4. Audio Interviews:

One of the key disadvantages of eBooks, newsletter,    special reports, etc… is that they are non-interactive.   Many people learn better by hearing examples, discovering  information in an interactive setting.  Get someone to interview you about your topic and record it.  You can record the interview over the phone, in person or by  using a third-party conference service.  Once again,  you can offer your information via recorded interview for a premium over what you would charge in eBook format.  And do not forget the back end here also … so many folks who are doing this sort of work forget, or never get ’round to producing transcripts … which is something you can outsource and become pure profit … or mail-out CD’s for people who don’t want to download.  You may only sell a few, but there are companies who produce these on demand and the profit margin is up to you.

5. For-pay Newsletters:

If you have experience, knowledge, contacts, or any other constant value you can add to a specific target  market, then a for-pay newsletter can be an excellent  source of income.  Many established newsletter publishers – even those with just a few thousand subscribers, are converting to a beefier “for-pay” model.  Even if they only convert 500 to subscribers at $47/year, that’s $23,500 revenue PLUS the ability to market products to that group  AND collect renewals over the years.  One example of a top quality, for-pay newsletter is written by a fellow I’ve mentioned before, John T. Reed.  Mr. Reed has a lifetime of experience in real estate … most people reading this have a lifetime of experience in something *smile* and he is well educated and writes well … but he’s no Donald Trump nor John Grisham.  Yet he’s been selling a monthly newsletter on real estate (I have no affiliation with John Reed) for something like 22 years now, for $125 a year … do the math.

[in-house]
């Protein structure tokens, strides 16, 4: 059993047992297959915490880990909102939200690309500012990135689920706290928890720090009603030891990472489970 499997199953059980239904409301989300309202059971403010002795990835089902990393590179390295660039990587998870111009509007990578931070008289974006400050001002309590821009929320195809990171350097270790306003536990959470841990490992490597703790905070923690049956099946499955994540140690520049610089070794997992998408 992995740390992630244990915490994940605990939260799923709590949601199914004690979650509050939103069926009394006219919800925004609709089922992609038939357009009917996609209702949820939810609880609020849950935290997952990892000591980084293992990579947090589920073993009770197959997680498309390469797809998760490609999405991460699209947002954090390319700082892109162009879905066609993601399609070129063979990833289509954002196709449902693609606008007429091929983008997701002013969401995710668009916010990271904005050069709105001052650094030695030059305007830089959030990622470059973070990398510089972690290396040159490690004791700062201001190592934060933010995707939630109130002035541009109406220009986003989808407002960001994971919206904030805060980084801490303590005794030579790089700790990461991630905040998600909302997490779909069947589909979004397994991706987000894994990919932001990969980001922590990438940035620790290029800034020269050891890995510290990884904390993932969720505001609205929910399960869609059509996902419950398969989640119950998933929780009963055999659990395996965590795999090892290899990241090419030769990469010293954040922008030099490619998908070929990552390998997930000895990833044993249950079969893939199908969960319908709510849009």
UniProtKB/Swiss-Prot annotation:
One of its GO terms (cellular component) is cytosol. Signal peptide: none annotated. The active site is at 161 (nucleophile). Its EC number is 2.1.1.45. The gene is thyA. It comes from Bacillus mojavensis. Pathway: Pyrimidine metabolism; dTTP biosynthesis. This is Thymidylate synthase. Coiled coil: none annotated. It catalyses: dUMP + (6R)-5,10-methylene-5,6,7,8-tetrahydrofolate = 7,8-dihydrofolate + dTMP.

6. Pay Members-Only Web Site:

An alternative to a “for pay” newsletter is a “for pay” private website.   Here you can provide various forms of content and services to your customers in exchange for  a monthly, quarterly or yearly membership fee.  What would you provide as content?  Here are some examples:

  • Articles you write
  • Results of research you conduct  periodically
  • Survey results
  • News updates from various sources
  • Case studies or success stories